Bottoming seen in home prices, going by URA data

MOST property consultants say that the Urban Redevelopment Authority’s second-quarter flash estimates signal that a bottoming out in private home prices is fast approaching.

This, coupled with the recent improvement in private home sales, also means that the authorities would be inclined to delay any easing of the property cooling measures. Some agents are also hoping that Brexit could help divert some property buying interest to Singapore.

URA’s benchmark overall private home price index eased 0.4 per cent in Q2 over the preceding quarter, a smaller drop compared with the 0.7 per cent fall in Q1.

The latest decline is also the smallest of the 11 consecutive quarterly decreases in the index since it peaked in Q3 2013.

URA’s Q2 flash estimate translates to a 1.1 per cent index drop in the first half of this year (Q2 2016 vs Q4 2015).

The price index for non-landed private homes in Core Central Region (CCR) rose for the second straight quarter – inching up 0.2 per cent in Q2 after increasing 0.3 per cent in Q1.

“This could indicate a ‘flight to value’,” said Desmond Sim, CBRE Research head of Singapore and South-East Asia, “which may continue and eventually prop up the overall private home price index for the next quarter to hover in the region of zero per cent.”

In the city-fringe or Rest of Central Region (RCR), prices of private apartments and condo units appreciated 0.3 per cent in Q2 after remaining unchanged previously.

However, prices of non-landed homes in the suburbs or Outside Central Region (OCR) contracted 0.7 per cent, though this was a smaller decline than Q1’s 1.3 per cent.

In the landed housing segment, the price decline gathered momentum, with a 1.3 per cent fall compared with Q1’s 1.1 per cent contraction.

JLL national director Ong Teck Hui said: “Based on caveats, 52 per cent of transactions of private homes in Q2 2016 were non-landed ones in CCR and RCR, so one could say that half of the private residential market has improved.”

He expects the overall private home price index to post a slight drop in Q3 and stay flattish in Q4 – resulting in a full-year decline of under 2 per cent.

PropNex Realty CEO Ismail Gafoor too predicts an up to 2 per cent decrease in the index this year, led by price drops in the OCR. This would be the smallest annual contraction in three years; the index shed 3.7 per cent last year and 4 per cent in 2014.

Wong Xian Yang, OrangeTee senior manager for research and consultancy, said that CCR prices in Q2 may have been supported by recent developer sales at OUE Twin Peaks and Ardmore Three which are included under “resales” in URA’s terminology since these projects are delicensed. “These projects are relatively newer compared with the usual mix of resale transactions – units in older projects sold by individuals – and could slightly uplift overall prices in the CCR.”

A housing project may be delicensed if it has received Certificate of Statutory Completion, and where the individual strata titles have been issued to buyers.

Another property consultant suggests that URA’s price index for CCR may be slightly inflated as some incentives given by developers of delicensed projects recently may not be captured in the sales data URA uses to compute its price indices.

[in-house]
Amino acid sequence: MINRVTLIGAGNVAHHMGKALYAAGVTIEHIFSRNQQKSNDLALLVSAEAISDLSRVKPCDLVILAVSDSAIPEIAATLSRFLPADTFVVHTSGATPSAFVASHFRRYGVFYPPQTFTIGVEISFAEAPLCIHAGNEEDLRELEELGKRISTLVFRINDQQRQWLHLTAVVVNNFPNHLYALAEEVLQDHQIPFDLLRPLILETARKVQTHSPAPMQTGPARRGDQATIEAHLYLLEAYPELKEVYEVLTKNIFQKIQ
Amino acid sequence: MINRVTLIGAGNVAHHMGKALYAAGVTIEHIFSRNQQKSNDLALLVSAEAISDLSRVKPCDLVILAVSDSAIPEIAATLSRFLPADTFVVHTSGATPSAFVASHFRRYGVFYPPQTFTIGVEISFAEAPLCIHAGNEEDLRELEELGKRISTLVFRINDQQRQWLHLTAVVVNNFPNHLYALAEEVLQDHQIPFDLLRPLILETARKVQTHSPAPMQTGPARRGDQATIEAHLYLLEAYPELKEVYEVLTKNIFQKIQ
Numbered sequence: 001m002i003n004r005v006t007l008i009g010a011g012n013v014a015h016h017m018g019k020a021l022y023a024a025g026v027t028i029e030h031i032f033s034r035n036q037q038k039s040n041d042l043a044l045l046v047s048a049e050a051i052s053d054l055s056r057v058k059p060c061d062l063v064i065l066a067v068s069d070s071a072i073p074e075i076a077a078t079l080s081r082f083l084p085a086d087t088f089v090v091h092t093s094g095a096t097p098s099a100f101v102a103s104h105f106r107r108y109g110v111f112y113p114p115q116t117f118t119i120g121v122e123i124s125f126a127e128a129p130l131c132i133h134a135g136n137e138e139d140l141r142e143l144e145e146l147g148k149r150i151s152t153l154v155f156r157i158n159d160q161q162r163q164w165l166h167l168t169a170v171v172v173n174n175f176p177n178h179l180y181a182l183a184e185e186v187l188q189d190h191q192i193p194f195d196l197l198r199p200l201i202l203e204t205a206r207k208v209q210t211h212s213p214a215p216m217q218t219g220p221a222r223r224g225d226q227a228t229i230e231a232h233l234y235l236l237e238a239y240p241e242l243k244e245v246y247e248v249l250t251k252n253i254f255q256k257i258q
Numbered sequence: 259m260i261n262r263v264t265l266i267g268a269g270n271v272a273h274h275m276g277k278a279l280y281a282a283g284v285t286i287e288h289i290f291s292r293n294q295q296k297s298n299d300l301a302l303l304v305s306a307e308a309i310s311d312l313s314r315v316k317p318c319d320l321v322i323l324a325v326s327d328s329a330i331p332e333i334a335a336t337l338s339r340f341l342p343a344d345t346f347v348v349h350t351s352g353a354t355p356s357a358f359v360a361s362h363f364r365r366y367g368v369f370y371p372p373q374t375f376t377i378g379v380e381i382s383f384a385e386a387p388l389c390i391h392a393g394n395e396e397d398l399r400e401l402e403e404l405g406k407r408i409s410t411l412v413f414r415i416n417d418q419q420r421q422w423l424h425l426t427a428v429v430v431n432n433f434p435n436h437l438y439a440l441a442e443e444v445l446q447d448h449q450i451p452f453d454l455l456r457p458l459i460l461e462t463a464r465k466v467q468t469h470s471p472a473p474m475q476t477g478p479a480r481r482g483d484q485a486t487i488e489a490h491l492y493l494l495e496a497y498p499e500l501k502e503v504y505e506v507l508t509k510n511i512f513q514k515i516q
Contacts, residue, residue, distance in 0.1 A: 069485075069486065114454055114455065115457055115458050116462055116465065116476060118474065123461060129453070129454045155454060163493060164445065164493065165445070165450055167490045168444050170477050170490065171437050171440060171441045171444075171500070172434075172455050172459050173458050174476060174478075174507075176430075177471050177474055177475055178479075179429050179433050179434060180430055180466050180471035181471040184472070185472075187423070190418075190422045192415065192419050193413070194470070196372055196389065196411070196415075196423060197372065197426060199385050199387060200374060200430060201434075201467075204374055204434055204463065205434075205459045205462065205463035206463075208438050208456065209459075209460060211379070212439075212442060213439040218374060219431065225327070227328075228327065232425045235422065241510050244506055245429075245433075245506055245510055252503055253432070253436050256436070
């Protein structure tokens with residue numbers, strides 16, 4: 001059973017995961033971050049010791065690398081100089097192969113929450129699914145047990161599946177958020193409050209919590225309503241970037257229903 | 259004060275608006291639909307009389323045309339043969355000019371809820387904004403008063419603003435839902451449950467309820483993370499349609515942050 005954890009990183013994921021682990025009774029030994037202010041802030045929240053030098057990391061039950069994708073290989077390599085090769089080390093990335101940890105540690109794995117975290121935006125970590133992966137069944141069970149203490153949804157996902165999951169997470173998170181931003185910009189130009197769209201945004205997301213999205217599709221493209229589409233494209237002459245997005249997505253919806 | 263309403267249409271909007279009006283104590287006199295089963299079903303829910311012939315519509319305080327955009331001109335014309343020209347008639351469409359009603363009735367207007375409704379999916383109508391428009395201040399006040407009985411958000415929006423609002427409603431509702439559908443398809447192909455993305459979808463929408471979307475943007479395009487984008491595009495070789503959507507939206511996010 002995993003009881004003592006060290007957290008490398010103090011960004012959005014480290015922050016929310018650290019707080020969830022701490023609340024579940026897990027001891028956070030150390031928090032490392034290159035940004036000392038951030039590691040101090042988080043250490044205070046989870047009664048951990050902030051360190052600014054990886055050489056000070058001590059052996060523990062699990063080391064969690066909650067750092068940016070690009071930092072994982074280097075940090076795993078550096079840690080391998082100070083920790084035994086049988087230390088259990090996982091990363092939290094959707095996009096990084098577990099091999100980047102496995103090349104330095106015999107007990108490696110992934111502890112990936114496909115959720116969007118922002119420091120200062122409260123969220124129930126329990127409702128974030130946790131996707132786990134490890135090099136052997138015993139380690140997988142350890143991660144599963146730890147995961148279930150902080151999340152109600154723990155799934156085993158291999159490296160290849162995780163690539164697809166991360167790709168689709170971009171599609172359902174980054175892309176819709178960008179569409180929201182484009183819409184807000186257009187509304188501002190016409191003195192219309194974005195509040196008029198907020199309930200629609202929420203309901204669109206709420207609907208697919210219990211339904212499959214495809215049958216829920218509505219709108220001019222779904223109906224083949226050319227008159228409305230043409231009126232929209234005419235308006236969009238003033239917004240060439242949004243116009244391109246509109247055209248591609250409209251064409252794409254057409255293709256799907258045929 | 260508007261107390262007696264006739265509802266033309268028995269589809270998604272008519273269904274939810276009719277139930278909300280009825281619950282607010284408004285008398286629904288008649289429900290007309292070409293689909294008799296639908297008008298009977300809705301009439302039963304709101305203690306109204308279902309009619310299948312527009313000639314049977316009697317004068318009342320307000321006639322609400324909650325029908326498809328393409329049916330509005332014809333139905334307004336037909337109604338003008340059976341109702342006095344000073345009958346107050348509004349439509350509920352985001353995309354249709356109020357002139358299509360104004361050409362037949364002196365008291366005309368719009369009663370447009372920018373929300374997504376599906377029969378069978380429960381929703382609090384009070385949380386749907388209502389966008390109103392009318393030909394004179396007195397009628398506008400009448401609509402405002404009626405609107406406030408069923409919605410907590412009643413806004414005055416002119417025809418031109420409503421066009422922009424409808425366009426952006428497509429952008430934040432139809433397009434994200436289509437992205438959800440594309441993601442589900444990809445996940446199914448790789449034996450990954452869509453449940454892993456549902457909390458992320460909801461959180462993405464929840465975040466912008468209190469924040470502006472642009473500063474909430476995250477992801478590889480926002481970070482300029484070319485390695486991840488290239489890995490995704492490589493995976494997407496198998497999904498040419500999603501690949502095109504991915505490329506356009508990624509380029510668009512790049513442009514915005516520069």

One outcome of a project being delicensed is that its developer is no longer required to submit weekly sales data to URA (showing discounts and other incentives to reflect the net price).

For new sales, URA uses such data from developers in licensed projects to compute its residential property price indices.

In the case of resale transactions, however, URA uses data collated from records submitted to the taxman for stamp duty payment. An industry player told BT that while upfront discounts given by a developer in a delicensed project to a buyer would still be captured in these records, any incentives granted following the completion of the purchase, that is, after stamp duty payment, would not.

A case in point would be Ardmore Three where developer Wheelock Properties (Singapore) has given buyers a 15 per cent ABSD (additional buyer’s stamp duty) rebate on completion of the purchase.

When contacted, a URA spokeswoman said: “Sales of completed private homes by developers in projects which have been delicensed by the Controller of Housing account for a relatively small proportion of all private residential property sale transactions.”

For new sales, the majority of units are sold by developers before the projects are completed and delicensed. URA’s private home price indices are “intended to provide a broad overview of property price trends, and thus computed based on all property sale transactions, both in the new sale and resale markets”, she added.

Analysts attributed the modest price boost in URA’s index for RCR in Q2 chiefly to new projects Gem Residences and Sturdee Residences.

Savills Singapore research head Alan Cheong commented that the current “extended downturn in the private home price index in the absence of any crisis is bound to create impatience among potential buyers to return to the market”.

Despite the positive sentiment sparked by URA’s Friday numbers, market watchers highlight the headwinds still prevailing – such as the cooling measures, the high volume of new private home completions especially in the suburbs and not forgetting the global economic uncertainty, exacerbated by Brexit.

Still, ERA Realty Network key executive officer Eugene Lim spots a silver lining. “With Brexit, Singapore might see more attention from investors who are looking to park their money in a safe haven – and property may well be one of the assets they would consider.”

Those in another camp, however, argue that with the pound’s depreciation and softer UK property prices, London property is looking more attractive now.

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